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Appears in Collections:Biological and Environmental Sciences eTheses
Title: Agent-based modelling to improve management strategy evaluation in complex problems of biodiversity conservation
Author(s): Bach, Adrian
Supervisor(s): Duthie, Alexander Bradley
Bunnefeld, Nils
Mill, Aileen
Minderman, Jeroen
Keywords: Conservation conflicts
Apparent competition
Agent-based modelling
Adaptive management
Decision-making modelling
Population dynamics
Biodiversity conservation
Computer simulation
Scenario testing
Decision-helping tool
Conservation equity
Issue Date: 31-Mar-2023
Publisher: University of Stirling
Citation: Bach, A., J. Minderman, N. Bunnefeld, A. C. Mill, and A. B. Duthie. 2022. Intervene or wait? A model evaluating the timing of intervention in conservation conflicts adaptive management under uncertainty. Ecology and Society 27(3):3.
Abstract: Amid the Earth’s 6th mass extinction, conservation of the remaining biodiversity is more urgent than ever. But conservation faces the many challenges associated with the management of ecosystems, including the different sources of uncertainty around their joint social and ecological dynamics. Moreover, mismanagement can have detrimental consequences for both conservation and people’s livelihood. To help managers design efficient and equitable policies in such complex situations, the use of simulation models as virtual laboratories to evaluate management scenarios have become widespread. Yet, most of these models are mathematical models, which can be limited in conservation problems. Indeed, the latter are rather small-scale, often spatially explicit, and unexpected responses often stem from local interactions between the parts of the system. These features are key assets of agent-based modelling (ABM), which should therefore be more appropriate but is still scarcely applied in management strategy evaluation. In this thesis, I further develop the use of ABM in conservation by designing agent-based tools to evaluate alternative management strategies in two complex conservation problems: the management of conservation conflicts between species protection and agriculture, and the management of species endangered by apparent competition. First, I address the timing of management intervention in a conservation conflict between a manager aiming to conserve an animal population and farmers aiming to maximize yield by protecting their crop from consumption by the animal population. Building upon the agent-based software GMSE, which simulates the budget-constrained adaptive management of conservation conflicts, I propose a novel management strategy that dynamically alternates between intervention and waiting based on the monitoring of the distance between the population density and manager’s target. The evaluation shows that my strategy can produce at least as efficient and equitable results as unconditional intervention while allowing critical budget savings. This strategy is now available in the GMSE package to be evaluated in other cases of conservation conflicts and my method proposes a way to do so in a more equitable way. Then, I introduce an ABM of trophic interactions between several species in several trophic layers in which apparent competition can emerge. I validate it in its essential version according to the ABM framework and discuss its adequacy with apparent competition theory. Overall, my model behaves as theory and empirical cases predict, with some interesting contradictions challenging predictions of previous mathematical models. The model is now fit for the addition of more complex features needing further understanding in apparent competition theory and conservation. Finally, I demonstrate how my model can be used to evaluate removal strategies to conserve a prey species endangered by apparent competition with an alternate prey species mediated by a shared predator. Predator removal only, alternate prey removal only, and simultaneous removal of the predator and alternate prey all successfully prevented the extinction of the endangered population, but the simultaneous removal strategy was the most efficient in conserving the endangered population while also ensuring more stable dynamics and higher densities of the other species. Any combinations of these removal strategies are now available in my model for evaluation by researchers or managers in other cases, and my method proposes to conserve the endangered population while also ensuring the persistence of the other species in the system. Across these chapters, I demonstrate how the agent-based approach can efficiently integrate the complexity of conservation problems to produce informative tools for biodiversity management strategy evaluation. Notably through human individual decision-making, complex individual behaviour, and spatially explicit modelling along with the simulation of different sources of uncertainty. I have shown, with general examples, how to use the modelling tools I provide, with methods enlarging the scope of conservation objectives: a better consideration of the equity of management measures between conservation and land-users’ livelihood in conservation conflicts, and a better inclusion of management consequences on other species in interaction with the population of conservation interest. Through my models’ development and validation, I have questioned and enhanced theory of conservation conflicts' adaptive management and and of apparent competition’s underlying mechanisms and management.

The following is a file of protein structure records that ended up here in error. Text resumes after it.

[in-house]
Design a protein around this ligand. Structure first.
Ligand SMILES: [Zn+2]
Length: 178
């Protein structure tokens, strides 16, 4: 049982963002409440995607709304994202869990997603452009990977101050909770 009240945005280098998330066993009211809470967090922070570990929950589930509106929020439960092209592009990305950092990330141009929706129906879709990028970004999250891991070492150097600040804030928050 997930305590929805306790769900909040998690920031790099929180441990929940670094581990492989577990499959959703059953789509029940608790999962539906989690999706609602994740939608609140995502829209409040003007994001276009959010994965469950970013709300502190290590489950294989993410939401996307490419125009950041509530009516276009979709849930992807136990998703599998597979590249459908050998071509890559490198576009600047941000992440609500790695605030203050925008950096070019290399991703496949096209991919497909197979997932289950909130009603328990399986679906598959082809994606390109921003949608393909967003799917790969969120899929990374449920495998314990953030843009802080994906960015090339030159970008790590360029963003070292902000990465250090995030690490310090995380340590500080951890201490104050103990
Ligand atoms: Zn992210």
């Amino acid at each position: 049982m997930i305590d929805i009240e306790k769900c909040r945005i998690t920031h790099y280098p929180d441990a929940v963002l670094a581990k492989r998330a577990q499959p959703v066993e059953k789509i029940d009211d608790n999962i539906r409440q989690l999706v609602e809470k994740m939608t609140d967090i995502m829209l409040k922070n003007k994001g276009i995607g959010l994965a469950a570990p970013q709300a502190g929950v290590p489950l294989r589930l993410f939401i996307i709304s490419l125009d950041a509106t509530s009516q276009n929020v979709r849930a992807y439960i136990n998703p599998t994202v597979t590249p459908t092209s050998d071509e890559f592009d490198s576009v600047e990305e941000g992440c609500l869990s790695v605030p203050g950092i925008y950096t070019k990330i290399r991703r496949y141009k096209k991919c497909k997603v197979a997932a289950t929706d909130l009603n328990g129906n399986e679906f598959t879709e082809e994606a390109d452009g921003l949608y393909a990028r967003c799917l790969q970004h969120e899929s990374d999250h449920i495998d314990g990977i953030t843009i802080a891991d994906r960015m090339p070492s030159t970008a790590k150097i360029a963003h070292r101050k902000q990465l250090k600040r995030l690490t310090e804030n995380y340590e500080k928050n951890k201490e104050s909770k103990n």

Type: Thesis or Dissertation

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